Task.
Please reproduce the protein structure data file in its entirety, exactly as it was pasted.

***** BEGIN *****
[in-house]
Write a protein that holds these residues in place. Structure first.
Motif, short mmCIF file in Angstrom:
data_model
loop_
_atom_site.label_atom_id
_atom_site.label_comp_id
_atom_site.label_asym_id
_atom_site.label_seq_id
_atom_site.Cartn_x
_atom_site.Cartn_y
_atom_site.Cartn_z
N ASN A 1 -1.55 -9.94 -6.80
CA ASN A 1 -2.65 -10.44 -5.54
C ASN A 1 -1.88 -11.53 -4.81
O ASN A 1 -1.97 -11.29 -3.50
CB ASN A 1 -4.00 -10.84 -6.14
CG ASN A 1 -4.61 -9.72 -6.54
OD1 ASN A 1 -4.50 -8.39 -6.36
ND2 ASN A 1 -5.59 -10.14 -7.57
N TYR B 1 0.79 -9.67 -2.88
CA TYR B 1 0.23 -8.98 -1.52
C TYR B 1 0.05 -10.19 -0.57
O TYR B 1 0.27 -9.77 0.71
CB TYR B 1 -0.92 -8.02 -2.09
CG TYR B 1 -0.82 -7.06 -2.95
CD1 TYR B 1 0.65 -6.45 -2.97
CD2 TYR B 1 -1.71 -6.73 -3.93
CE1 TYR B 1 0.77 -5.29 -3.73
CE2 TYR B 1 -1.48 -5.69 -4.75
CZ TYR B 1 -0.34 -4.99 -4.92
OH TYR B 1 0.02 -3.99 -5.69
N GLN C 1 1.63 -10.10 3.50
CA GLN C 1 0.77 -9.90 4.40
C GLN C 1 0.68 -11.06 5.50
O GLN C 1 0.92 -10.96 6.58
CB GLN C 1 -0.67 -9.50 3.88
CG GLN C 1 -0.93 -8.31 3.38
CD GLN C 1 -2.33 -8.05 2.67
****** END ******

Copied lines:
[in-house]
Write a protein that holds these residues in place. Structure first.
Motif, short mmCIF file in Angstrom:
data_model
loop_
_atom_site.label_atom_id
_atom_site.label_comp_id
_atom_site.label_asym_id
_atom_site.label_seq_id
_atom_site.Cartn_x
_atom_site.Cartn_y
_atom_site.Cartn_z
N ASN A 1 -1.55 -9.94 -6.80
CA ASN A 1 -2.65 -10.44 -5.54
C ASN A 1 -1.88 -11.53 -4.81
O ASN A 1 -1.97 -11.29 -3.50
CB ASN A 1 -4.00 -10.84 -6.14
CG ASN A 1 -4.61 -9.72 -6.54
OD1 ASN A 1 -4.50 -8.39 -6.36
ND2 ASN A 1 -5.59 -10.14 -7.57
N TYR B 1 0.79 -9.67 -2.88
CA TYR B 1 0.23 -8.98 -1.52
C TYR B 1 0.05 -10.19 -0.57
O TYR B 1 0.27 -9.77 0.71
CB TYR B 1 -0.92 -8.02 -2.09
CG TYR B 1 -0.82 -7.06 -2.95
CD1 TYR B 1 0.65 -6.45 -2.97
CD2 TYR B 1 -1.71 -6.73 -3.93
CE1 TYR B 1 0.77 -5.29 -3.73
CE2 TYR B 1 -1.48 -5.69 -4.75
CZ TYR B 1 -0.34 -4.99 -4.92
OH TYR B 1 0.02 -3.99 -5.69
N GLN C 1 1.63 -10.10 3.50
CA GLN C 1 0.77 -9.90 4.40
C GLN C 1 0.68 -11.06 5.50
O GLN C 1 0.92 -10.96 6.58
CB GLN C 1 -0.67 -9.50 3.88
CG GLN C 1 -0.93 -8.31 3.38
CD GLN C 1 -2.33 -8.05 2.67